If you've found this page then you are in need of a place to rent, and all the free help you can get! This page is about broadening your search, providing you tips on how to talk to prospective landlords, and where to go to find out your rights as a tenant: what a landlord can and can't do.


Home Rentals

Even in a low-housing availability market our family of 5 (plus a pet dog), found the perfect place. Here's how. Tip one: Broaden your search. In Kelowna we have:

However, there are also rental management companies to check out:

And don't forget the city of Kelowna itself has rental properties. Sign up to receive e-mail notifications of current and upcoming city rental properties available at:

Calling the potential landlord: first impressions count!

Believe it or not, people can hear you smile through the phone. If you smile when you call, you are more likely to sound like a positive and upbeat person. Nobody wants to rent to a negative complainer.

If you have a pet, mention it last. If it is the first thing you ask about, especially when it states no pets or does not mention whether pets are allowed; you will be eliminated as a potential renter because the focus is on the pet. Ask questions, let the landlord sell you on the property, and then explain a little about yourself. Once you've explained what you are looking for and your situation, then say...“now not to waste your time or mine, I've noticed that you have no rug in the house, and was wondering if a well-behaved pet would be considered?” So now, as you can see, the landlord had a chance to talk to you a little on the phone. You sound pleasant to deal with, employed, and stable with good references. He/she has invested a little time in you, and the landlord appreciates you being upfront about the pet. They will tell you what their concern is. Some landlords stereotype people, and don't want “rottweiler owners, with their drugs and partying.” They will never tell you that, however. That is why it is important (especially if you have a large dog or a rottweiler) that you create that good first impression on the phone before mentioning a pet. Nobody wants to be stereotyped. Others, don't mind a small dog, and they will tell you that also. Maybe they just don't like yappy dogs, or maybe they don't want young puppies. This is the time to help the landlord overcome these objections to you and the pet. Offer a meet-and-greet if that helps.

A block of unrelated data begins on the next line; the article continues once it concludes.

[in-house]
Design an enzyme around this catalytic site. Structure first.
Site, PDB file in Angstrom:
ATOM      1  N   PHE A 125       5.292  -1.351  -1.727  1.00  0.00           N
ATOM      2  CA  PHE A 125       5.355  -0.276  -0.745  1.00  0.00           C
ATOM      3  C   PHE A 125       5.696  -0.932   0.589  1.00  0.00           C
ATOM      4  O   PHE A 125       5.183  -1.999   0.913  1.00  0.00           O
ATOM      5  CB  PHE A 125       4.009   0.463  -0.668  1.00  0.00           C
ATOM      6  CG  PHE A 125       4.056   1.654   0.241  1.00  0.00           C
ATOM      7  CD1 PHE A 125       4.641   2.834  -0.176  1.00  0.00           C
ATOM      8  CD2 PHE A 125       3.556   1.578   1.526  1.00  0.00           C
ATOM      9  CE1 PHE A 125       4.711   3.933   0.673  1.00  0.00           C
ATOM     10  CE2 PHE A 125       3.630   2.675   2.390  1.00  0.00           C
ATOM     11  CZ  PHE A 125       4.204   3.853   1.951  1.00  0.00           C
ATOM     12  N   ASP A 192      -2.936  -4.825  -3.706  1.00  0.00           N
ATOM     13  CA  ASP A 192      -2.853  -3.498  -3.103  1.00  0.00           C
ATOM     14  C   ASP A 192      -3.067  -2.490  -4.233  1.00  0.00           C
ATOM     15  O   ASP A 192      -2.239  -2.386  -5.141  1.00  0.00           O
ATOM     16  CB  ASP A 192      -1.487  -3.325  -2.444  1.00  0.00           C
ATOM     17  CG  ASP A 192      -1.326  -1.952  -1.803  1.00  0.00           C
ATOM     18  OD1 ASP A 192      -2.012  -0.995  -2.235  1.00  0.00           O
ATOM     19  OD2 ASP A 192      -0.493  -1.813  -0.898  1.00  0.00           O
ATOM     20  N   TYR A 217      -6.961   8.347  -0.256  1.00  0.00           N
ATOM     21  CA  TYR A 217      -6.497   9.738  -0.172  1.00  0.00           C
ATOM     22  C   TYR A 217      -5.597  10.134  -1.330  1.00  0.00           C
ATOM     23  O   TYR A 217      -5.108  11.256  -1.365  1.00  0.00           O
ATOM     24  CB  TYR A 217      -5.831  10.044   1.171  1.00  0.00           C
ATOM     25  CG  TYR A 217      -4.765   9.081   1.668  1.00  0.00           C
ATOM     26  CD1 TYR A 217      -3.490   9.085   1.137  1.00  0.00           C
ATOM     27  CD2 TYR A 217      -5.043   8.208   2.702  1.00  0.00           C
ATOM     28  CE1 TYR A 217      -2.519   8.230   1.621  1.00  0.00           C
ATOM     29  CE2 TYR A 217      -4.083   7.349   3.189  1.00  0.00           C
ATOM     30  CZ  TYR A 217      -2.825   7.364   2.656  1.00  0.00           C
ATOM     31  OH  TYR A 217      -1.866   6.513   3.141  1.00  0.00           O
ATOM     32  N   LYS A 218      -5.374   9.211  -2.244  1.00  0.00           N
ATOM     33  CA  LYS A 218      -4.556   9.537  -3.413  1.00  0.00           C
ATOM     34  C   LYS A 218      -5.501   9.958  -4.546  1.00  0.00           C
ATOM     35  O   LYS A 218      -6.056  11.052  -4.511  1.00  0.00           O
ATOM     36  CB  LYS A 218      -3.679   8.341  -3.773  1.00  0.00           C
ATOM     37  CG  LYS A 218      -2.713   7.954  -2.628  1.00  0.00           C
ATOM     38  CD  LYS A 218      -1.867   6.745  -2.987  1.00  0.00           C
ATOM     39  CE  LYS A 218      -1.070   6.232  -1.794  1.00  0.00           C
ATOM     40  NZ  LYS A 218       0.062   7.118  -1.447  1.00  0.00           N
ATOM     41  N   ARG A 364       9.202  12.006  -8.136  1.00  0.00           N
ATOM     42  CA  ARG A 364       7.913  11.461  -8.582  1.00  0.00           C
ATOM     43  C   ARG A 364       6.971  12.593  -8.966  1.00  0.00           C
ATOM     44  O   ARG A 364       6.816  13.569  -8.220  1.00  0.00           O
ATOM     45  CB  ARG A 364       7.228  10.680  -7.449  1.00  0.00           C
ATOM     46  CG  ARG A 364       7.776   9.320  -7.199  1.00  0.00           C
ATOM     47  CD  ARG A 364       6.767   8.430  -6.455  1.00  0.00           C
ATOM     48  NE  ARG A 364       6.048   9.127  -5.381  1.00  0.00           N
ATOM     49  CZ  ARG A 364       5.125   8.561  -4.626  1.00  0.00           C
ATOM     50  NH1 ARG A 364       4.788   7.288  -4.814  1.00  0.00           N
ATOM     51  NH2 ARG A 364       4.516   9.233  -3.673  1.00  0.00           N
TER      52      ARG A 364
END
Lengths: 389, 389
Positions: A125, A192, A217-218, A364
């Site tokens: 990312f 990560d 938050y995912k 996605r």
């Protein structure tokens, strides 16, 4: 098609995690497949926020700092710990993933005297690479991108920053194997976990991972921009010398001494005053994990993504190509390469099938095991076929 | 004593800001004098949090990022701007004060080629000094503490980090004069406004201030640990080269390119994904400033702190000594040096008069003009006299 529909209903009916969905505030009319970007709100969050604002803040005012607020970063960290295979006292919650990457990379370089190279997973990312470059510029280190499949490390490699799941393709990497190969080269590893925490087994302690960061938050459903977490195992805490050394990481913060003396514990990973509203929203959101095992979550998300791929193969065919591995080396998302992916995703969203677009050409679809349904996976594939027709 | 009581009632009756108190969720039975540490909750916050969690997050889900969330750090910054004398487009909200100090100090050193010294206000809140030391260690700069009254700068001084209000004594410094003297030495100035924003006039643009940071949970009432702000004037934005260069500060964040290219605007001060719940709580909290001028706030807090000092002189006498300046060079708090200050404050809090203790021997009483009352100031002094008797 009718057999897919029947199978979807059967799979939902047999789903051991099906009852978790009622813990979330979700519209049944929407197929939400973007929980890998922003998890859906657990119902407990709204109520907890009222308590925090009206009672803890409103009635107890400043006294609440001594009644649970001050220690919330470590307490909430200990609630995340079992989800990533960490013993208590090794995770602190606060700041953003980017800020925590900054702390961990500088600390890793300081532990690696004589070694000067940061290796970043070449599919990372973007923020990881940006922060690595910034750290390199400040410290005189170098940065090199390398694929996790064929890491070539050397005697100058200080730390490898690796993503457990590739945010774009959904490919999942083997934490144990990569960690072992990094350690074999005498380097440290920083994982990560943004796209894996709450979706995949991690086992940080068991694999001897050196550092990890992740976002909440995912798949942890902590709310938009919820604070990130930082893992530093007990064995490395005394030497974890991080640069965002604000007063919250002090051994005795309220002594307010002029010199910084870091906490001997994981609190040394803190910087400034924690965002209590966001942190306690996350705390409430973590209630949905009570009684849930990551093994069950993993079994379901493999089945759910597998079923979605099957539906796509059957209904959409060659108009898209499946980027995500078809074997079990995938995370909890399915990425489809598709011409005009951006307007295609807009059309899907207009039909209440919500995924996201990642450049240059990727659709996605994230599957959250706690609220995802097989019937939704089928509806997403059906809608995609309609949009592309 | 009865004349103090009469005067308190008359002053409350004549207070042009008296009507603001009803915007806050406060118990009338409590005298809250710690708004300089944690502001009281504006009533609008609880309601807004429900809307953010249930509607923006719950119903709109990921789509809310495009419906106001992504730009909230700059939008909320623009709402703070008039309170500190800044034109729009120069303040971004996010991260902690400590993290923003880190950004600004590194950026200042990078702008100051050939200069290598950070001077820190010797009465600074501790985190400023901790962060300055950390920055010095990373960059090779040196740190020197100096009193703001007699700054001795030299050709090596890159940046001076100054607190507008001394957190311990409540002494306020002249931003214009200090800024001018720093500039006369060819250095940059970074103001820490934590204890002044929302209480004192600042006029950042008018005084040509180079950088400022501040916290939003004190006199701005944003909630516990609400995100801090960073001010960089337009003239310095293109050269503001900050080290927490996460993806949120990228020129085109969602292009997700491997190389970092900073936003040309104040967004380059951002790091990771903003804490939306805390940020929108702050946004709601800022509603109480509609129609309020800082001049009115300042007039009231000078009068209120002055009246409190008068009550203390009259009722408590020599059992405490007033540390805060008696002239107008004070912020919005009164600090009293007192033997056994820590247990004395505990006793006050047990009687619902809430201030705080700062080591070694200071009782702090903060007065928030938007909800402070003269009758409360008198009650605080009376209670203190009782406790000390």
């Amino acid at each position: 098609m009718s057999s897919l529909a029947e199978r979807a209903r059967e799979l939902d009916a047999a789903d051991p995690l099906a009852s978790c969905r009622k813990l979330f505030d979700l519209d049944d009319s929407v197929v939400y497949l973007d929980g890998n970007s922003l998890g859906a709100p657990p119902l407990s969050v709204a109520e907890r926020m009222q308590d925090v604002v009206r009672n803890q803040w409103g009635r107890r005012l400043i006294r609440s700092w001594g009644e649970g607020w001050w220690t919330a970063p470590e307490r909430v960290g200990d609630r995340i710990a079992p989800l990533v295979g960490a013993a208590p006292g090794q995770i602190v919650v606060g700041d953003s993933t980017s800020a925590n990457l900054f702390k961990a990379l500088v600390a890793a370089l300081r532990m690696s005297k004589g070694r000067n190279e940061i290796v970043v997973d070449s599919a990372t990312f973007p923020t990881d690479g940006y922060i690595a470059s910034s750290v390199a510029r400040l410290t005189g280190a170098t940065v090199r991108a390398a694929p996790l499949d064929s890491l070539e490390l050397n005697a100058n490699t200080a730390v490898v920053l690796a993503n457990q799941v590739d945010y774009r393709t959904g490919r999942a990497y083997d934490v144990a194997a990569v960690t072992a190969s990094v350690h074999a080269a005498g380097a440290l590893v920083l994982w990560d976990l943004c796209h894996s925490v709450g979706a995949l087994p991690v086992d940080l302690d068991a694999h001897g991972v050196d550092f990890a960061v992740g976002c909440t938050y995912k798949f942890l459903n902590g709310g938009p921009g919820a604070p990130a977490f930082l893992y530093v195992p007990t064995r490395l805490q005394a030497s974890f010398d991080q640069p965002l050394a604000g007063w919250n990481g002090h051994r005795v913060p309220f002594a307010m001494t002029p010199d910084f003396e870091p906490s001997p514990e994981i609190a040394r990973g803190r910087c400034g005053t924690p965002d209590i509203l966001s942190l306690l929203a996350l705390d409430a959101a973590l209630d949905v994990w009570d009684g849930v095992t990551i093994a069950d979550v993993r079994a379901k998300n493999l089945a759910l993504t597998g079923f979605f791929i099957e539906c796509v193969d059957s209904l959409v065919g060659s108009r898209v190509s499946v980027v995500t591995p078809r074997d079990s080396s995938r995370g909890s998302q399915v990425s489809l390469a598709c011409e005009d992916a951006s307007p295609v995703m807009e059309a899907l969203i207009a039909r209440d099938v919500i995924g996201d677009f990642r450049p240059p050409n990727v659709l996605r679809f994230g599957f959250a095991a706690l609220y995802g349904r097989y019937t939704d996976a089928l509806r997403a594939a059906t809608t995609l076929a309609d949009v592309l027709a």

In closing, although there are objections that you may be able to overcome with potential landlords, if an add states “absolutely no pets” and you have a pet, don't bother to call. If a landlord states “suitable for one person, or a couple,” then that is what they want and you should probably not waste your time if you are seeking a place to accommodate more than two.

Can my landlord do that?

If you are new to renting, or simply not in the know, BC has what is called the Residential Tenancy Act which outlines the landlord and tenants rights in BC. You can contact the Residential Tenancy Branch through this link for help in determining what a landlord can and cannot do.




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